Network Working Group H.J. Lee
Request for Comments: 4269 S.J. Lee
Obsoletes: 4009 J.H. Yoon
Category: Informational D.H. Cheon
The SEED Encryption Algorithm
Status of This Memo
This memo provides information for the Internet community. It does
not specify an Internet standard of any kind. Distribution of this
memo is unlimited.
Copyright (C) The Internet Society (2005).
This document describes the SEED encryption algorithm, which has been
adopted by most of the security systems in the Republic of Korea.
Included are a description of the encryption and the key scheduling
algorithm (Section 2), the S-boxes (Appendix A), and a set of test
vectors (Appendix B).
This document obsoletes RFC 4009.
Lee, et al. Informational [Page 1]RFC 4269 The SEED Encryption Algorithm December 20051. Introduction1.1. Changes from RFC 4009
This specification obsoletes RFC 4009, because RFC 4009 had ambiguous
function and SS-boxes definitions cryptographically. Thus, some
definitions have been changed, and for better understanding, the SEED
pseudo codes have been modified. This update is to provide clarity
and facilitate the development of interoperable implementations. The
SEED algorithm itself has not been changed.
This specification updates RFC 4009 in the following areas:
- Pseudo code changes. The pseudo code in Section 2 of RFC 4009
is insufficient for the explanation of the structure of SEED.
Thus, detailed pseudo code is introduced.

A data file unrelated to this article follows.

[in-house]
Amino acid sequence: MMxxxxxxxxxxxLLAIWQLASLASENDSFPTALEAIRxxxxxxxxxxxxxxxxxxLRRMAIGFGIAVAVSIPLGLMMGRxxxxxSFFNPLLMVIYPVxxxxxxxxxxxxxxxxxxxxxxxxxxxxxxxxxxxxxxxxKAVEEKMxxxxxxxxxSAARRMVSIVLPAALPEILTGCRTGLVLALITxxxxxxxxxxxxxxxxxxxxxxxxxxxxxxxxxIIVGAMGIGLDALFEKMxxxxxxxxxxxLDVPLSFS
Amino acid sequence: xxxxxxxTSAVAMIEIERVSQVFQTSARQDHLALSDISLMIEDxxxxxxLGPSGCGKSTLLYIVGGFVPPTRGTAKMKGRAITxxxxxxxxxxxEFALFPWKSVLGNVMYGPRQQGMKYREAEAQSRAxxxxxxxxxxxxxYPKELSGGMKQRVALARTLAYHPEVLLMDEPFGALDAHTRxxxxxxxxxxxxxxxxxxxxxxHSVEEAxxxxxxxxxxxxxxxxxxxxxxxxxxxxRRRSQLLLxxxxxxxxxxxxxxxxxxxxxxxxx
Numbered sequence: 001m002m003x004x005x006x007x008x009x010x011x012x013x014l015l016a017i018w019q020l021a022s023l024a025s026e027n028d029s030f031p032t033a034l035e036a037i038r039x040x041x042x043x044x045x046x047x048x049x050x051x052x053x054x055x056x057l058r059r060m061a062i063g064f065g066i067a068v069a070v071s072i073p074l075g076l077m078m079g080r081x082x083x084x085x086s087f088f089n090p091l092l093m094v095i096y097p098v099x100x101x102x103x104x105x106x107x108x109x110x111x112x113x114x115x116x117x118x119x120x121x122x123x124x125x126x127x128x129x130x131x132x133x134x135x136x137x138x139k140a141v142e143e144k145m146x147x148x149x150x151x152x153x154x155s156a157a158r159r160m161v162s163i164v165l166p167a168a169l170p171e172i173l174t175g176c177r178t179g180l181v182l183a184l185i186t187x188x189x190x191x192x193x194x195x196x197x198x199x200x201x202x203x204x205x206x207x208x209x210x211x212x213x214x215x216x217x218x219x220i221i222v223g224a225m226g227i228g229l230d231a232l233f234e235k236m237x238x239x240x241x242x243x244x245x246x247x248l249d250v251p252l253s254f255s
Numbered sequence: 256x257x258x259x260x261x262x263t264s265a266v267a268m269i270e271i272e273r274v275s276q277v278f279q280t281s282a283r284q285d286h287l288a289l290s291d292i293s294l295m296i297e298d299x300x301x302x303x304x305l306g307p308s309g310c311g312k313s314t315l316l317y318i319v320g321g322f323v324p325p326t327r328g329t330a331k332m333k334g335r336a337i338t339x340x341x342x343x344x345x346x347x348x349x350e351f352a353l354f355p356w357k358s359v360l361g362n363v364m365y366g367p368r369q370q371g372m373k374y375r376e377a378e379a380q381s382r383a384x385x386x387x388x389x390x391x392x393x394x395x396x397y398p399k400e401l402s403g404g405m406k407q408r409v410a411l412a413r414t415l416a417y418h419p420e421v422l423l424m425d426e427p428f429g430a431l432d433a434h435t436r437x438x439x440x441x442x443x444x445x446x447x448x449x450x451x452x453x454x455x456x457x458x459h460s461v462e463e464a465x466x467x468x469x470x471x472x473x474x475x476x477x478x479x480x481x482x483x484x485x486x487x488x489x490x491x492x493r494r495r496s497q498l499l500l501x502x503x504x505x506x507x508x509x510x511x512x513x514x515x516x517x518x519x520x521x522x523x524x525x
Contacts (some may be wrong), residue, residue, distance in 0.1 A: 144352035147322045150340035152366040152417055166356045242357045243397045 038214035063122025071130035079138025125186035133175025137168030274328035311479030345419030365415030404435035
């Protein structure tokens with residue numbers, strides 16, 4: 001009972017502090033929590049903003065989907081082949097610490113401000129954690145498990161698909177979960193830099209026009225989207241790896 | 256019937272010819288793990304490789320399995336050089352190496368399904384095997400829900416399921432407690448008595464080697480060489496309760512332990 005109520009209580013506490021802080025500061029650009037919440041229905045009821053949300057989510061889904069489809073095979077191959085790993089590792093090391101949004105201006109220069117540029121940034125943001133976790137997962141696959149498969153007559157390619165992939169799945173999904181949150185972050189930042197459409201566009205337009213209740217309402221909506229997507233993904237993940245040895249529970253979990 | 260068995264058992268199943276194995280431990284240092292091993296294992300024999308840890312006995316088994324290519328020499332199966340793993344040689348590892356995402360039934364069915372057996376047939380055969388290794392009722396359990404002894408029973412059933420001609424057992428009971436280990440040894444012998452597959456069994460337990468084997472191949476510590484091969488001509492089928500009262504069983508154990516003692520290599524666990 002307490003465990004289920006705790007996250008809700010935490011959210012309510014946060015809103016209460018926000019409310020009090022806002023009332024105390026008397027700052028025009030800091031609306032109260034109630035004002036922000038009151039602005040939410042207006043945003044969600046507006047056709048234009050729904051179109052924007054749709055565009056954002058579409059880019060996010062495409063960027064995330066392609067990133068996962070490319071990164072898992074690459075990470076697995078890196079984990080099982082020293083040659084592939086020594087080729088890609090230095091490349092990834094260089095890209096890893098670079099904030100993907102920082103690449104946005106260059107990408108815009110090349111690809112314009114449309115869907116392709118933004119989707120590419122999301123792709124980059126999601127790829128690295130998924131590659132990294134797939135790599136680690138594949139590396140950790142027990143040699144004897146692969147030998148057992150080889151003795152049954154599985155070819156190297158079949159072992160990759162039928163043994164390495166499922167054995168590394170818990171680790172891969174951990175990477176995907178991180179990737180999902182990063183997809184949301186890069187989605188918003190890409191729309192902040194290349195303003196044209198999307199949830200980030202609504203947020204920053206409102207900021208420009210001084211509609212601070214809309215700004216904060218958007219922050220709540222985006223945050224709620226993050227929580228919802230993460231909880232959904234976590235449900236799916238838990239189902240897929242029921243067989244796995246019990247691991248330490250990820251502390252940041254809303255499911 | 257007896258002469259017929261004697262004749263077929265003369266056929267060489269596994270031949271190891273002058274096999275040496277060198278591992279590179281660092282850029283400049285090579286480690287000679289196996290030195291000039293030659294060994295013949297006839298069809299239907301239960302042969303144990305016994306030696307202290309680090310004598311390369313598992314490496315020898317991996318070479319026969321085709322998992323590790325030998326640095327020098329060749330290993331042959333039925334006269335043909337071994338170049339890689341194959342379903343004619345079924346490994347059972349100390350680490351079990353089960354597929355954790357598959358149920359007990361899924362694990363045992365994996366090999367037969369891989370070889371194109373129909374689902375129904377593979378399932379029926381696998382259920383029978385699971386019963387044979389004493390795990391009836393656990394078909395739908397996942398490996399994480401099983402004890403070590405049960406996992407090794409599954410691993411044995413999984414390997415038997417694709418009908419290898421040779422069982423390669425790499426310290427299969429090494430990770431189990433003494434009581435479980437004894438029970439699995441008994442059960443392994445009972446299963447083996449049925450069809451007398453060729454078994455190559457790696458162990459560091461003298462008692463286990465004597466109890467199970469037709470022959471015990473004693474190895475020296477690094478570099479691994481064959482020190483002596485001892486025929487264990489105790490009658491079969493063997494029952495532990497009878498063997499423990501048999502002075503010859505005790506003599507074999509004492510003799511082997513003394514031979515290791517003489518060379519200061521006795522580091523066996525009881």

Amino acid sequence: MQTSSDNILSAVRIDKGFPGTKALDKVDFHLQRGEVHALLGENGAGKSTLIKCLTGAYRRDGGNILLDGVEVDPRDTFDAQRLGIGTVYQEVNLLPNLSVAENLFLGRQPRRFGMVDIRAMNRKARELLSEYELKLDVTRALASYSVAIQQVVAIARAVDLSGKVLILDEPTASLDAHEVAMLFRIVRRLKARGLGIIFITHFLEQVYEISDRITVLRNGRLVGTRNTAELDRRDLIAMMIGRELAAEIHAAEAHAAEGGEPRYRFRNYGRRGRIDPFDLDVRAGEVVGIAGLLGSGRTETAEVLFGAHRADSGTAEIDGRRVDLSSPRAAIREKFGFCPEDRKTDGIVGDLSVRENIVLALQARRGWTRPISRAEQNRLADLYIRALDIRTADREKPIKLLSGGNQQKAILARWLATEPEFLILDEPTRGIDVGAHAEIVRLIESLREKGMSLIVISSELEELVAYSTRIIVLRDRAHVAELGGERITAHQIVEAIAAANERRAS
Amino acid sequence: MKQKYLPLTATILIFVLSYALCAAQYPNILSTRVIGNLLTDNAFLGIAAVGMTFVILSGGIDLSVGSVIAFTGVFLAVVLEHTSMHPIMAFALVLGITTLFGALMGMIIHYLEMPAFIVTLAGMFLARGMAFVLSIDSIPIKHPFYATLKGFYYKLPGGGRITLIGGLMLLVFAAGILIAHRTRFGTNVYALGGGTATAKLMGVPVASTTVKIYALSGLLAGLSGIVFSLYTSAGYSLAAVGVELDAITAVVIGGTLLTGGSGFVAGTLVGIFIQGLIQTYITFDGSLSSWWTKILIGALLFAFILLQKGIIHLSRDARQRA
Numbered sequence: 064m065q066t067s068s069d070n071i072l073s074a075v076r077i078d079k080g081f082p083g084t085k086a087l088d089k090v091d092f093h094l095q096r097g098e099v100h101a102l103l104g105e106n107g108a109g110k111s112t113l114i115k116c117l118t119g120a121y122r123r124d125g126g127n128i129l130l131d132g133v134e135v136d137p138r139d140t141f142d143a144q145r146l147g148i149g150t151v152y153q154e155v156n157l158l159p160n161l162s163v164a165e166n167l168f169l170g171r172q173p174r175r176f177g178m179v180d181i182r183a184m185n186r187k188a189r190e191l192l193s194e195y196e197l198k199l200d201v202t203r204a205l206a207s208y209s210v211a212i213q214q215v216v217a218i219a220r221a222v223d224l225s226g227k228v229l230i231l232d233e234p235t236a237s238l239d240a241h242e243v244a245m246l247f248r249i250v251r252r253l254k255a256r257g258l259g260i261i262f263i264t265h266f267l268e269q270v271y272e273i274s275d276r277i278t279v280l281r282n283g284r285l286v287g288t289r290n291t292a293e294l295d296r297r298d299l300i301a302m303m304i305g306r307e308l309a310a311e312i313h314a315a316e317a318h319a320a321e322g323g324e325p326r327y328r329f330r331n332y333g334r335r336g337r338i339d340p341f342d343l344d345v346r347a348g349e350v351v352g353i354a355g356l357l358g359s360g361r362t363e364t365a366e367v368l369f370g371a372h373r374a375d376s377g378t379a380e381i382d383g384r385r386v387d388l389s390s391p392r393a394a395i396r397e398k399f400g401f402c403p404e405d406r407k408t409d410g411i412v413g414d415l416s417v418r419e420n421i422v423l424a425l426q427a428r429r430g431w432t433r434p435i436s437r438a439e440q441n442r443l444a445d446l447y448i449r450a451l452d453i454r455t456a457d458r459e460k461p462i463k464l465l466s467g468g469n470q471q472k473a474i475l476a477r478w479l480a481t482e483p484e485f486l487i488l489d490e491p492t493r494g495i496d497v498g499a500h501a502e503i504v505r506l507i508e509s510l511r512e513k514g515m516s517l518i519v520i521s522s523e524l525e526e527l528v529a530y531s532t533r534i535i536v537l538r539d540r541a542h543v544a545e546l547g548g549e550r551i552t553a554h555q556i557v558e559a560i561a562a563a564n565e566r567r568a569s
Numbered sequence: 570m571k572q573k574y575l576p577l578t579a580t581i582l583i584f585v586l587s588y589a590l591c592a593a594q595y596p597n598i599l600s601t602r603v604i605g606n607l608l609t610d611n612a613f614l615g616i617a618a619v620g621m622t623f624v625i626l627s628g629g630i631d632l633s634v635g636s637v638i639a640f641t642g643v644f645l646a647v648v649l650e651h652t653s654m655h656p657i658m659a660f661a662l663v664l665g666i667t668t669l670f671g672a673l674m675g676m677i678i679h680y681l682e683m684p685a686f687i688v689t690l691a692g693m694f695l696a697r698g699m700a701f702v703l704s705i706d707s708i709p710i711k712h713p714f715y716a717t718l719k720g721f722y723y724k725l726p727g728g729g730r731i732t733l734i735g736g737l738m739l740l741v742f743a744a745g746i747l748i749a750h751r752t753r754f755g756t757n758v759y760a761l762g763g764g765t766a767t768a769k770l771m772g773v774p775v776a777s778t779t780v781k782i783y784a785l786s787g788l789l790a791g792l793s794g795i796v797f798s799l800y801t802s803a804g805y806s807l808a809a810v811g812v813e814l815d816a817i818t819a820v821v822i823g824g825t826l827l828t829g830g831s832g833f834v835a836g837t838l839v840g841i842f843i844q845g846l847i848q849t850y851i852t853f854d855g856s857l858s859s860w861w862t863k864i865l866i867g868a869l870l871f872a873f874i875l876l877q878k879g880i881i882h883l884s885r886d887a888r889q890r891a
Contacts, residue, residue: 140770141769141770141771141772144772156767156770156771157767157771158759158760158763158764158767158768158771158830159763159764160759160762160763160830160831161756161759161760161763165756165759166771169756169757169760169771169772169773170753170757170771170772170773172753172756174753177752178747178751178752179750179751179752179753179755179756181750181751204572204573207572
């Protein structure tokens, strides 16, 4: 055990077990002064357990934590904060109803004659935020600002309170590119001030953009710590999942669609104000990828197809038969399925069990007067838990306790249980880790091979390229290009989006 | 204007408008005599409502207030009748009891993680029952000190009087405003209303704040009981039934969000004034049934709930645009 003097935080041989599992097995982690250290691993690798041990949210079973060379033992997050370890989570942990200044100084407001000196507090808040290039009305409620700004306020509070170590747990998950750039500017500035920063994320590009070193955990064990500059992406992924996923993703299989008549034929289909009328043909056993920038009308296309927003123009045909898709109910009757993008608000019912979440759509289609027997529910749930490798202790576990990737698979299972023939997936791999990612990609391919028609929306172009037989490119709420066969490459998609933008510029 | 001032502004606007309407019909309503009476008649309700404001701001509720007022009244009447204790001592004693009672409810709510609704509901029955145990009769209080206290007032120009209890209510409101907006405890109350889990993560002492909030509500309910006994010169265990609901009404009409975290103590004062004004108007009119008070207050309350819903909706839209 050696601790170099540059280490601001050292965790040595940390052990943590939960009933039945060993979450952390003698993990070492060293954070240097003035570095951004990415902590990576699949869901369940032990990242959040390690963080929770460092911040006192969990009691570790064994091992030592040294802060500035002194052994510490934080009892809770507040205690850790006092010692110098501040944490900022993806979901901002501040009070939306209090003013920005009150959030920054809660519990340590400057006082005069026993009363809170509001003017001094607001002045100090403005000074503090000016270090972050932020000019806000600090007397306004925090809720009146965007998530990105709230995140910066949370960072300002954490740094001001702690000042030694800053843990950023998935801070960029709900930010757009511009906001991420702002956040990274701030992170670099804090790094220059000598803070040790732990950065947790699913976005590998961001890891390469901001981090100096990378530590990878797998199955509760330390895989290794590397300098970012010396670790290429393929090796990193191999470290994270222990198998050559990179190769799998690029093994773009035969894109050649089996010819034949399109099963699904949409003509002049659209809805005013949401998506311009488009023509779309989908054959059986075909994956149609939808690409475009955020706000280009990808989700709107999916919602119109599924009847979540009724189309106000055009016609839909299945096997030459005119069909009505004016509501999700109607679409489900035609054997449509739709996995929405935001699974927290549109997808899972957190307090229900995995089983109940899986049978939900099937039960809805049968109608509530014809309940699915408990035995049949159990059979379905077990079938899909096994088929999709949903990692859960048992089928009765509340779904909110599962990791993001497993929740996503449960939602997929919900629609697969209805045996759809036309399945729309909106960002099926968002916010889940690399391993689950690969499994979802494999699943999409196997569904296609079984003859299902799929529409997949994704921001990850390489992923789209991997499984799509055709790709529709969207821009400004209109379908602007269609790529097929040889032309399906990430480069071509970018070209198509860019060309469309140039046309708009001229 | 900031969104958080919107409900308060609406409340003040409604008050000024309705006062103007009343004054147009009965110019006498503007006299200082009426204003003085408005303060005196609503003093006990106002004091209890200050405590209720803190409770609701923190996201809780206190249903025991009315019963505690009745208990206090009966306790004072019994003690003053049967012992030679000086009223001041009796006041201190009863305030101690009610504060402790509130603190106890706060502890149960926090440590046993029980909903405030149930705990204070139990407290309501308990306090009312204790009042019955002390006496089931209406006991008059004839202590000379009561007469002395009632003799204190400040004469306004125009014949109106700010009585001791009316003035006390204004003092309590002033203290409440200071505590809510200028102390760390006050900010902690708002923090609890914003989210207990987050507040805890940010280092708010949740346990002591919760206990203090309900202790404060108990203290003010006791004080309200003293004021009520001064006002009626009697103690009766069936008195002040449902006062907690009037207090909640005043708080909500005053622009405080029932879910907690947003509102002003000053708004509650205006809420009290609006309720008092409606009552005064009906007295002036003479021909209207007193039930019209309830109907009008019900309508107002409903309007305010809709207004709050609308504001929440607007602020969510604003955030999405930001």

- Some corrections of errata, which are the definitions of R1', Z,
X, and SS-boxes.
1.2. SEED Overview
SEED is a 128-bit symmetric key block cipher that has been developed
by KISA (Korea Information Security Agency) since 1998. SEED is a
national standard encryption algorithm in the Republic of Korea
[TTASSEED] and is designed to use the S-boxes and permutations that
balance with the current computing technology. It has the Feistel
structure with 16-round and is strong against DC (Differential
Cryptanalysis), LC (Linear Cryptanalysis), and related key attacks,
balanced with security/efficiency trade-off.
The features of SEED are outlined as follows:
- The Feistel structure with 16-round
- 128-bit input/output data block size
- 128-bit key length
- A round function that is strong against known attacks
- Two 8x8 S-boxes
- Mixed operations of XOR and modular addition
SEED has been widely used in the Republic of Korea for confidential
services such as electronic commerce; e.g., financial services
provided in wired and wireless communication.
Lee, et al. Informational [Page 2]RFC 4269 The SEED Encryption Algorithm December 20051.3. Notation
The following notation is used in the description of the SEED
& bitwise AND
^ bitwise exclusive OR
+ addition in modular 2**32
- subtraction in modular 2**32
<< n left circular rotation by n bits
>> n right circular rotation by n bits
0x hexadecimal representation
2. The Structure of SEED
The input/output block size of SEED is 128 bits, and the key length
is also 128 bits. SEED has the 16-round Feistel structure. A
128-bit input is divided into two 64-bit blocks (L, R), and the right
64-bit block is an input to the round function F, with a 64-bit
subkey Ki generated from the key schedule. L is the most significant
64 bits of 128-bit input, and R is the least significant 64 bits.
A pseudo code for the structure of SEED is as follows:
Input : (L, R)
for i = 1 to 15
T = R;
R = L ^ F(Ki, R);
L = T;
L = L ^ F(K16, R), R=R
Output : (L, R)
Where T is a temporary.
2.1. The Round Function F
SEED uses two 8x8 S-boxes, permutations, rotations, and basic modular
operations such as exclusive OR (XOR) and additions to provide strong